Steve Jobs hasn’t even been dead a year, and he has already become the tiredest cliche in all tech writing:“This wouldn’t have happened under Steve Jobs.”
In the last year, I’ve seen that phrase (or a derivation of it) used to describe Apple’s awful new Maps app. To describe the new Podcasts app. To describe Siri. To describe all the leaks leading up to the iPhone 5. To describe the weird “Genius” commercials that ran during the Olympics.
You get the idea.
Joe Nocera, on Apple’s new Maps app in the New York Times:
Part of the reason is obvious: Jobs isn’t there anymore. It is rare that a company is so completely an extension of one man’s brain as Apple was an extension of Jobs. While he was alive, that was a strength; now it’s a weakness.
Jay Yarow, on the new Podcasts app:
I hate to be one of those guys that says Steve Jobs would have never let this happen, but, seriously, if Steve Jobs was alive this could never happen.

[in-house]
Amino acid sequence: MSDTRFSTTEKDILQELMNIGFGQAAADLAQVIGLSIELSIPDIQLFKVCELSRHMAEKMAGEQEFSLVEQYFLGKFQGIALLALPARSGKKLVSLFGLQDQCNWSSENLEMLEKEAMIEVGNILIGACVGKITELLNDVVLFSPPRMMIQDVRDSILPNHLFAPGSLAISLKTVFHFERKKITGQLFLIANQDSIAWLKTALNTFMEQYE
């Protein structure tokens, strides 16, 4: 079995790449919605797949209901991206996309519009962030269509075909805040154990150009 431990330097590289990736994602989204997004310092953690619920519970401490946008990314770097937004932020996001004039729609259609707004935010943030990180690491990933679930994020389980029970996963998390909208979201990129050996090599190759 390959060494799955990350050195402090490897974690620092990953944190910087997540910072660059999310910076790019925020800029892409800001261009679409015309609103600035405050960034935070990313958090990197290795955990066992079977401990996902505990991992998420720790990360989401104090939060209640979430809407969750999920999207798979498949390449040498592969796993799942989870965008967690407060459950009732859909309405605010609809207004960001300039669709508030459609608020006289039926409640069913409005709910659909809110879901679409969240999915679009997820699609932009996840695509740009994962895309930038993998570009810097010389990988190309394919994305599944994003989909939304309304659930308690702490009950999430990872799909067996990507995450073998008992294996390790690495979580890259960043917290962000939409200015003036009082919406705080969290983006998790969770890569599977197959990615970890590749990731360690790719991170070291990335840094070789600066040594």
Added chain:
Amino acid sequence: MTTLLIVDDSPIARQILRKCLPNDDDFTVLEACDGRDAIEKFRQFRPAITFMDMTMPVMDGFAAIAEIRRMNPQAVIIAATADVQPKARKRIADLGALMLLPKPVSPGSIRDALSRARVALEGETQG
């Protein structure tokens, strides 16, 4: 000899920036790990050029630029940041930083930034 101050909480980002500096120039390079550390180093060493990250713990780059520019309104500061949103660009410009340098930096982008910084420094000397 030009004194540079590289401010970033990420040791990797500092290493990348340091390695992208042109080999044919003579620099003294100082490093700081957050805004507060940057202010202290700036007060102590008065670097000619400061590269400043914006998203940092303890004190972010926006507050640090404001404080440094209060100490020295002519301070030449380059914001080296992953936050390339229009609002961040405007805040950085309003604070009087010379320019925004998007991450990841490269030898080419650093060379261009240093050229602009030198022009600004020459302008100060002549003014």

Dan Lyons, on the iPhone 5:
Somewhere up there, I can hear Steve screaming.
Jesus Diaz, writing about 10 things that would drive Jobs crazy today:
Apple hasn’t been the same either. And, wherever he is, Jobs probably doesn’t like some of the things that have been happening or are about to happen in Cupertino.
The fact is, Jobs was likely involved in many of today’s newest Apple products. He was involved in maps. He likely had something to do with the iPhone 5 design. Walter Isaacson’s biography describes Jobs using Siri a few months before the iPhone 4S launch. And so on.
I’m sick of it. It’s lazy writing, a cheap way to criticise Apple for the sake of criticising it. Before he died, Jobs made it clear to his successor Tim Cook he didn’t want him wondering “What would Steve do?” with every decision. It seems like Cook is doing a good job at that. But hey! Comparing him to Steve Jobs grabs reader attention, so why not?
I just sent notice to the writers on my team that they’re banned from using the phrase.
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